Acquiring PlayStation Plus free games is now less frustrating thanks to Sony’s recent change. Subscribers will no longer receive a purchase confirmation email for each game claimed. This was annoying a lot of users and the change will no-doubt be a welcomed one for their customers.
Given that PlayStation Plus subscribers do not actually make a purchase for the free games, the previous practice of sending an email that reads “Thank you for your purchase” has caused confusion and concern among users. Sony has now put an end to this practice after some time.
PlayStation Plus is a subscription-based service that provides exclusive benefits to console gamers. Non-subscribers cannot access premium game multiplayer features. PS Plus Essential offers a selection of free games for download each month to its subscriber base. However, subscribers need to purchase these games via the PlayStation Store, despite being listed with a price of £0/$0.
An Error Or Common-Sense?
There really was no need to send out emails after players basically got a game for nothing but the service saw it as the user actually bought something so the email was sent. This is a fantastic common-sense move from Sony and hopefully it paves the way for move gaming giants to follow-suit.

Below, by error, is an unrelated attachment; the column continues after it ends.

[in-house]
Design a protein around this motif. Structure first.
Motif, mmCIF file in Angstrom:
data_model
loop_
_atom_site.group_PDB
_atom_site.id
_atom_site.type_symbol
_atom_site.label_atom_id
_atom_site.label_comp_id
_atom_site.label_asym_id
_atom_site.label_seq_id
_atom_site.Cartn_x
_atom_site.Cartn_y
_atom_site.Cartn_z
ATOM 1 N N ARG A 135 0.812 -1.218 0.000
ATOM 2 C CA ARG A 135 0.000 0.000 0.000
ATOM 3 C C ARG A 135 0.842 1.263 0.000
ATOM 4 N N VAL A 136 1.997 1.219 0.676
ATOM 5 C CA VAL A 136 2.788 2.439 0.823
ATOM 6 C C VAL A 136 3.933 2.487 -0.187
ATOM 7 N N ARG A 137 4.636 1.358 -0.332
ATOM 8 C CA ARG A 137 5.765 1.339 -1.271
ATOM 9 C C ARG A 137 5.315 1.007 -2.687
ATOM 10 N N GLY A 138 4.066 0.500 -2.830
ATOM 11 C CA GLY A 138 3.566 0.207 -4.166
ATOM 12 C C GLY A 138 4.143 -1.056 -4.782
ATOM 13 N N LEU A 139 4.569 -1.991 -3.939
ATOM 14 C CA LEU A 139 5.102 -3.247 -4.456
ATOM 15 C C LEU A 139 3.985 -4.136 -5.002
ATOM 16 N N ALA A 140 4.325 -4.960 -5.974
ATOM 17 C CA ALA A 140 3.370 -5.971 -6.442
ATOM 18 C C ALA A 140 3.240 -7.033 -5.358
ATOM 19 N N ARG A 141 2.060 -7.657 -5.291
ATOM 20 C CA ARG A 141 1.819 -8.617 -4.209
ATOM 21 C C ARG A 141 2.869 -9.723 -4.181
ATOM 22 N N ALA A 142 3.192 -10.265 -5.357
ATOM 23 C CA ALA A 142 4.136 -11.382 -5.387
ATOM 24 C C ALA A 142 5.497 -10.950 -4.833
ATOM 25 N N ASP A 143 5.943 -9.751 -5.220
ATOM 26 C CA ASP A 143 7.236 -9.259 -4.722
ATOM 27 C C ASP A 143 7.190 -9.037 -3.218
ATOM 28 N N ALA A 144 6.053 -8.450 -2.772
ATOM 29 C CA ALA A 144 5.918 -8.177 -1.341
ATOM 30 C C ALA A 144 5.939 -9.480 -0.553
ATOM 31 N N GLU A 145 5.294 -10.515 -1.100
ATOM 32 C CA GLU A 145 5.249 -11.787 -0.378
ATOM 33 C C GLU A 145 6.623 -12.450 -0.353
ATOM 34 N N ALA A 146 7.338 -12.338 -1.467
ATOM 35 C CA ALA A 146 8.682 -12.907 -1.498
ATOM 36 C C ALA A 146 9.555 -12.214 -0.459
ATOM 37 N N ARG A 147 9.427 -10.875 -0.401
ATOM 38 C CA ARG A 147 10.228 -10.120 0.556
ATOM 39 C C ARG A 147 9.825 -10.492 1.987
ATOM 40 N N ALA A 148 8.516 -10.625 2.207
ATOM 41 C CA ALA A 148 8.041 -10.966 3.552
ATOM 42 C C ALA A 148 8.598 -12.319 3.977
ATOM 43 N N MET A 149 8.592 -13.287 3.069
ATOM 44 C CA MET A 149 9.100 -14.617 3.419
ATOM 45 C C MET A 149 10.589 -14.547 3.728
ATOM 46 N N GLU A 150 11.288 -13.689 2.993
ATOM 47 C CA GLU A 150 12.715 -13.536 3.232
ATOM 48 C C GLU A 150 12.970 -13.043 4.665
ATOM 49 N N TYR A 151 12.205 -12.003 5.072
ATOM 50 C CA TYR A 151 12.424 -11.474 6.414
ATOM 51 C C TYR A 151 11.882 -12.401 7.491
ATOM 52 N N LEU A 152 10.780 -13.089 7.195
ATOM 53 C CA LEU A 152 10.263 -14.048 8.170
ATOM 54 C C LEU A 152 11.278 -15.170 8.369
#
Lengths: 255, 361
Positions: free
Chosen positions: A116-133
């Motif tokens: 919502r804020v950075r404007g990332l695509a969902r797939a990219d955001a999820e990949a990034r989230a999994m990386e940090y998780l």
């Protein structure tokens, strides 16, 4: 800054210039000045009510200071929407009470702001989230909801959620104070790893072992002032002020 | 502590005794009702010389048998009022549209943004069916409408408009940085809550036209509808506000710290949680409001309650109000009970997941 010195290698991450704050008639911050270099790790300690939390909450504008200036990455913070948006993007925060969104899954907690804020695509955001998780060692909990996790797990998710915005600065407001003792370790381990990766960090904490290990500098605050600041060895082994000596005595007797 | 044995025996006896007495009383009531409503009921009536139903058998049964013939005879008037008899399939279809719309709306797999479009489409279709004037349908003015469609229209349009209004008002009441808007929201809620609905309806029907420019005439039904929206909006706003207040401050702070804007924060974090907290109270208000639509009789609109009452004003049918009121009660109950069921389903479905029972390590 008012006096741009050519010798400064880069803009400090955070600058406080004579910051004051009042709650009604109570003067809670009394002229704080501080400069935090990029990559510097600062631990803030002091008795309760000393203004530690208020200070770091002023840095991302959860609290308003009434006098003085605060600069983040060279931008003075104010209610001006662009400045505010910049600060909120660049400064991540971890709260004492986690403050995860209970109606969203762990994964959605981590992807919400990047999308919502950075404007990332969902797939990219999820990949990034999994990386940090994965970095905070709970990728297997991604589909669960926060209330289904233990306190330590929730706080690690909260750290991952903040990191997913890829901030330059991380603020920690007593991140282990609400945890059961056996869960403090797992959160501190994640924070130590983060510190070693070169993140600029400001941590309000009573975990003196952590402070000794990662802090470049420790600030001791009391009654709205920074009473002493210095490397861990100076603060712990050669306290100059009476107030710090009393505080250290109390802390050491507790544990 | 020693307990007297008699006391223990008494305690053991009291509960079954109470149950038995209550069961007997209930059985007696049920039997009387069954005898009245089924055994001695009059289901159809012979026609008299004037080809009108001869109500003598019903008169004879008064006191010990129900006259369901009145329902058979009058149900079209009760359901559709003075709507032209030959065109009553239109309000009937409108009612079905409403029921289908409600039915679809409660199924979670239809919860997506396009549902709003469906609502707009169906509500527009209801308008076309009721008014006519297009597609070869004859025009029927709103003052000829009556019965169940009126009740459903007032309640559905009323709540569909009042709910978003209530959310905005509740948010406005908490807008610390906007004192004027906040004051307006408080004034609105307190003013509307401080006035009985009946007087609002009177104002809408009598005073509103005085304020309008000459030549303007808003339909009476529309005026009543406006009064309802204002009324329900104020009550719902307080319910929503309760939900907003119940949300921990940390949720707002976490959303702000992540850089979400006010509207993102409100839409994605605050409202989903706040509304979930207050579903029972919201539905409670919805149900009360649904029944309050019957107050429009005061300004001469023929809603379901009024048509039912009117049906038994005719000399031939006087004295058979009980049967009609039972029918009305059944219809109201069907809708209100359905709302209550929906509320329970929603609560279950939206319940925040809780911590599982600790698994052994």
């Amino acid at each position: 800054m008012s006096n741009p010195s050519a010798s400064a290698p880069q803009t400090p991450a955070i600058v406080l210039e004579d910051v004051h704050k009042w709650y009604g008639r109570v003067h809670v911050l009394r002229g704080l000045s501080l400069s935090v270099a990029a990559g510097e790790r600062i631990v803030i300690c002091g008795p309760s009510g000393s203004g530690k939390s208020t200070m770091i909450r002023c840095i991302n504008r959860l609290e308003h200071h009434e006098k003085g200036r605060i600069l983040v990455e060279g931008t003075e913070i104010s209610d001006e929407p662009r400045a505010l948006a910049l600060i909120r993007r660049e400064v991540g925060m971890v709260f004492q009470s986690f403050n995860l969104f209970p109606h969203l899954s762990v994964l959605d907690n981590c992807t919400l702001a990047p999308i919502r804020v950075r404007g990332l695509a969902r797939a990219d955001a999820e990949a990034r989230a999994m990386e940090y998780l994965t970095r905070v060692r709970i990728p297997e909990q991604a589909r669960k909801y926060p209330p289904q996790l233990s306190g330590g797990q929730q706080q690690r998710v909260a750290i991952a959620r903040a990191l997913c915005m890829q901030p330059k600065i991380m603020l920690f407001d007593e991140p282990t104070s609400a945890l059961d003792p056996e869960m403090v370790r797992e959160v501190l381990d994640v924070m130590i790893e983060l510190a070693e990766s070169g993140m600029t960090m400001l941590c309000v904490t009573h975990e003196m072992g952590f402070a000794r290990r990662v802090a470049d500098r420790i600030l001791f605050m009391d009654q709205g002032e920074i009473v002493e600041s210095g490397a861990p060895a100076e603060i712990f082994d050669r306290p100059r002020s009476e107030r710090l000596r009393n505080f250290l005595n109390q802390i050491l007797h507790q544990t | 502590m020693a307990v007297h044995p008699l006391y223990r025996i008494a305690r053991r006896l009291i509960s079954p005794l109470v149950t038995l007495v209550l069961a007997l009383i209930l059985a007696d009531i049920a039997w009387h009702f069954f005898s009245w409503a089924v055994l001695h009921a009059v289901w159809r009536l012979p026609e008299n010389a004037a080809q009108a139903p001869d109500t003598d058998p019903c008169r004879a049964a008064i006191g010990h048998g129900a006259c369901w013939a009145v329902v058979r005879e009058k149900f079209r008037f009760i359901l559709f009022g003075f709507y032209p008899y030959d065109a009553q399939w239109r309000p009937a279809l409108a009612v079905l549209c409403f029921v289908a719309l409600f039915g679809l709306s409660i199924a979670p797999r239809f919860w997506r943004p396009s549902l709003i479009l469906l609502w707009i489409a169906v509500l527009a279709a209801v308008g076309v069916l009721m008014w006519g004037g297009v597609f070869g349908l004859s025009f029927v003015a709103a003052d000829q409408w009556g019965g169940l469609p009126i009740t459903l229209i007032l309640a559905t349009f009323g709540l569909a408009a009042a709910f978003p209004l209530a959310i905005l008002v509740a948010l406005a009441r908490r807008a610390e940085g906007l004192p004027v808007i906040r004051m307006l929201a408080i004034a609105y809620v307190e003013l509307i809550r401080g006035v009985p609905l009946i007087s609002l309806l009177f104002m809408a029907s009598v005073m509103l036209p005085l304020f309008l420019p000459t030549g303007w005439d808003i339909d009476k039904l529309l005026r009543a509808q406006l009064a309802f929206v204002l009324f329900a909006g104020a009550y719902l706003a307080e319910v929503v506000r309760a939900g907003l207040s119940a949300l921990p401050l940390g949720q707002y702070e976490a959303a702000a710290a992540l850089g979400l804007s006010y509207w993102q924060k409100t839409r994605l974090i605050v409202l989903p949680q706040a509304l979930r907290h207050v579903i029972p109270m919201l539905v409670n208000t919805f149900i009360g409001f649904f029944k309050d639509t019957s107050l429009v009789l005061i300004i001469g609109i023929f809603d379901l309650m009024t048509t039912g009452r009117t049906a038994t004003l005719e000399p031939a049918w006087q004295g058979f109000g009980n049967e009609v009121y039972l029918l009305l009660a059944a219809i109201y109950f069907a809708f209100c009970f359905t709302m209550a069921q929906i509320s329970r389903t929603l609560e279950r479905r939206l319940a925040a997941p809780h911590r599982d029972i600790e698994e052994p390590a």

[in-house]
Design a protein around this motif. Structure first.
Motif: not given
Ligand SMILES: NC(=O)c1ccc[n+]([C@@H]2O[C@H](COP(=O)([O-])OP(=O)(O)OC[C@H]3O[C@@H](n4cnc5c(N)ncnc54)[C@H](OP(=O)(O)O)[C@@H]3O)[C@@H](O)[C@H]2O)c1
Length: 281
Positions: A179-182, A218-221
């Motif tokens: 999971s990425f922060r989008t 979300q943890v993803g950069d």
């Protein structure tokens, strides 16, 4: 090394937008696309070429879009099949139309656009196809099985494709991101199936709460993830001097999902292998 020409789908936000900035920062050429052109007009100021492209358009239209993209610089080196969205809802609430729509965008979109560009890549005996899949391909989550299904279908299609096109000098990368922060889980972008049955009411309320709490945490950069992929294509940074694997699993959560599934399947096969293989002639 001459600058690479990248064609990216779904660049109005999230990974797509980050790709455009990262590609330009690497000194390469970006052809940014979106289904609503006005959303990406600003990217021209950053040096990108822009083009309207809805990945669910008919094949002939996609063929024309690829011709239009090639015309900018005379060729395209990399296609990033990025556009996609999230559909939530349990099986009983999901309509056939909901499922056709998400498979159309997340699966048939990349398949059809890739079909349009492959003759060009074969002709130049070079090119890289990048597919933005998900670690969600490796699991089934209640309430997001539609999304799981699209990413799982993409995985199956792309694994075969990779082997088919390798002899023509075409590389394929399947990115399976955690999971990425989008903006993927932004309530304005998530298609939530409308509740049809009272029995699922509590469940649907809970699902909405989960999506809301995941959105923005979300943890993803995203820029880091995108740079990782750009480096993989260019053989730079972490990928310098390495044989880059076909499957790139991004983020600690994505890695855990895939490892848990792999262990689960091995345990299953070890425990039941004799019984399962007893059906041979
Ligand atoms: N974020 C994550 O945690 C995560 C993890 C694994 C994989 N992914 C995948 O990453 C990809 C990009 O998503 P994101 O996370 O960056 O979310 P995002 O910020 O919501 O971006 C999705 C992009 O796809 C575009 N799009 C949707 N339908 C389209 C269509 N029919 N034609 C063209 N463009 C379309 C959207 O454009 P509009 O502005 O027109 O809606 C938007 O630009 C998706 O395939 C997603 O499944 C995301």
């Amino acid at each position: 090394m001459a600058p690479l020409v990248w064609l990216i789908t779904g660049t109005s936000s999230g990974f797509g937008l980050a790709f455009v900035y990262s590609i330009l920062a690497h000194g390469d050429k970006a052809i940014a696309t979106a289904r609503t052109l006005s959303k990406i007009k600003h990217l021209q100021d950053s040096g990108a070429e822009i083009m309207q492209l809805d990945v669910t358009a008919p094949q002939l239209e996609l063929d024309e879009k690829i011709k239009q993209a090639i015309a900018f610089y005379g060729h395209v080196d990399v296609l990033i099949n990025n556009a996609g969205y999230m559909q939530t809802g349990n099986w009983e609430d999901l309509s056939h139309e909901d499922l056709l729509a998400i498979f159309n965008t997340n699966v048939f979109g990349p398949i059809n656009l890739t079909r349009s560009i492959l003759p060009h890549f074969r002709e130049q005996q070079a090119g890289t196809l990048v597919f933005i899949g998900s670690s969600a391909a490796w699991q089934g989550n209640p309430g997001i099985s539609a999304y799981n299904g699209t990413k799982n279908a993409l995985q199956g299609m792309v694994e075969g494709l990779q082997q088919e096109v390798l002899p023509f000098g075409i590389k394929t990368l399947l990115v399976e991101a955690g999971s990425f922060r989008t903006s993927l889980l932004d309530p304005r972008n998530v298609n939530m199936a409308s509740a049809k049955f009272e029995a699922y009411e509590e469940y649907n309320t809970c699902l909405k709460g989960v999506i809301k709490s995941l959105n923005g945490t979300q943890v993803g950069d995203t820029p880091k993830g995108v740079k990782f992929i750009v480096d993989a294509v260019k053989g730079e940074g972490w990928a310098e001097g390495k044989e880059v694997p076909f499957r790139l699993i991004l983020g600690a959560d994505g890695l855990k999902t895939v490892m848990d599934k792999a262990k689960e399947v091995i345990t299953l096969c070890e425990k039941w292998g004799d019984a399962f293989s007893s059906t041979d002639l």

Sony has remained silent about the change, but subscribers have observed that PlayStation Plus purchase emails are no longer being sent. This has been noticed since April’s free games, which do not result in an email after being acquired from the PlayStation Store. It’s the first time subs have experienced this change.
The disappearance of purchase confirmation emails for the free games could be a temporary bug or a technical issue related to the PlayStation Store. While subscribers hope that Sony has permanently changed its policies, it remains to be seen whether the emails will return in the future.
The only downside to this if it’s a big or error is players will not be actually getting a receipt when they purchase a game for real cash which goes without saying is a big problem.